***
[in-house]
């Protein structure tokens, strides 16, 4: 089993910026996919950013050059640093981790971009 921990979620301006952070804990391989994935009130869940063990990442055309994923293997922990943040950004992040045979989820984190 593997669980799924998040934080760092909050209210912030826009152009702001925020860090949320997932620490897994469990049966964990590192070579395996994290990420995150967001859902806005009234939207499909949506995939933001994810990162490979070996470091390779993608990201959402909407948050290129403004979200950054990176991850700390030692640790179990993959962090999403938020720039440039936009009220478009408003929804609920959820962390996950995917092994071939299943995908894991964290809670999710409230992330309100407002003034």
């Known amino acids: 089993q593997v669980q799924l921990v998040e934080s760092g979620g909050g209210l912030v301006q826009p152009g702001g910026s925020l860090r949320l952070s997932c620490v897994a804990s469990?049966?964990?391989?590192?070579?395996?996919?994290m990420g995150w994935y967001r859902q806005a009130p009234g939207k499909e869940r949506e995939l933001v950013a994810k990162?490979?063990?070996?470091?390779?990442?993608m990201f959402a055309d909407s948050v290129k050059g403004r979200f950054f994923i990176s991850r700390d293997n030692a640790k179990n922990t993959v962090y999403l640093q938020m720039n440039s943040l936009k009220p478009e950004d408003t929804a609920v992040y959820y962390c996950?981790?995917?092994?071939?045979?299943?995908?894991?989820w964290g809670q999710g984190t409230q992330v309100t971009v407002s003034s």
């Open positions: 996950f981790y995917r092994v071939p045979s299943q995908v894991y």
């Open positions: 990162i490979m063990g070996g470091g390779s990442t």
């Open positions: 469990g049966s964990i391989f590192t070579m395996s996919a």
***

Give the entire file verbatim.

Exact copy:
[in-house]
């Protein structure tokens, strides 16, 4: 089993910026996919950013050059640093981790971009 921990979620301006952070804990391989994935009130869940063990990442055309994923293997922990943040950004992040045979989820984190 593997669980799924998040934080760092909050209210912030826009152009702001925020860090949320997932620490897994469990049966964990590192070579395996994290990420995150967001859902806005009234939207499909949506995939933001994810990162490979070996470091390779993608990201959402909407948050290129403004979200950054990176991850700390030692640790179990993959962090999403938020720039440039936009009220478009408003929804609920959820962390996950995917092994071939299943995908894991964290809670999710409230992330309100407002003034």
């Known amino acids: 089993q593997v669980q799924l921990v998040e934080s760092g979620g909050g209210l912030v301006q826009p152009g702001g910026s925020l860090r949320l952070s997932c620490v897994a804990s469990?049966?964990?391989?590192?070579?395996?996919?994290m990420g995150w994935y967001r859902q806005a009130p009234g939207k499909e869940r949506e995939l933001v950013a994810k990162?490979?063990?070996?470091?390779?990442?993608m990201f959402a055309d909407s948050v290129k050059g403004r979200f950054f994923i990176s991850r700390d293997n030692a640790k179990n922990t993959v962090y999403l640093q938020m720039n440039s943040l936009k009220p478009e950004d408003t929804a609920v992040y959820y962390c996950?981790?995917?092994?071939?045979?299943?995908?894991?989820w964290g809670q999710g984190t409230q992330v309100t971009v407002s003034s």
């Open positions: 996950f981790y995917r092994v071939p045979s299943q995908v894991y």
């Open positions: 990162i490979m063990g070996g470091g390779s990442t």
């Open positions: 469990g049966s964990i391989f590192t070579m395996s996919a």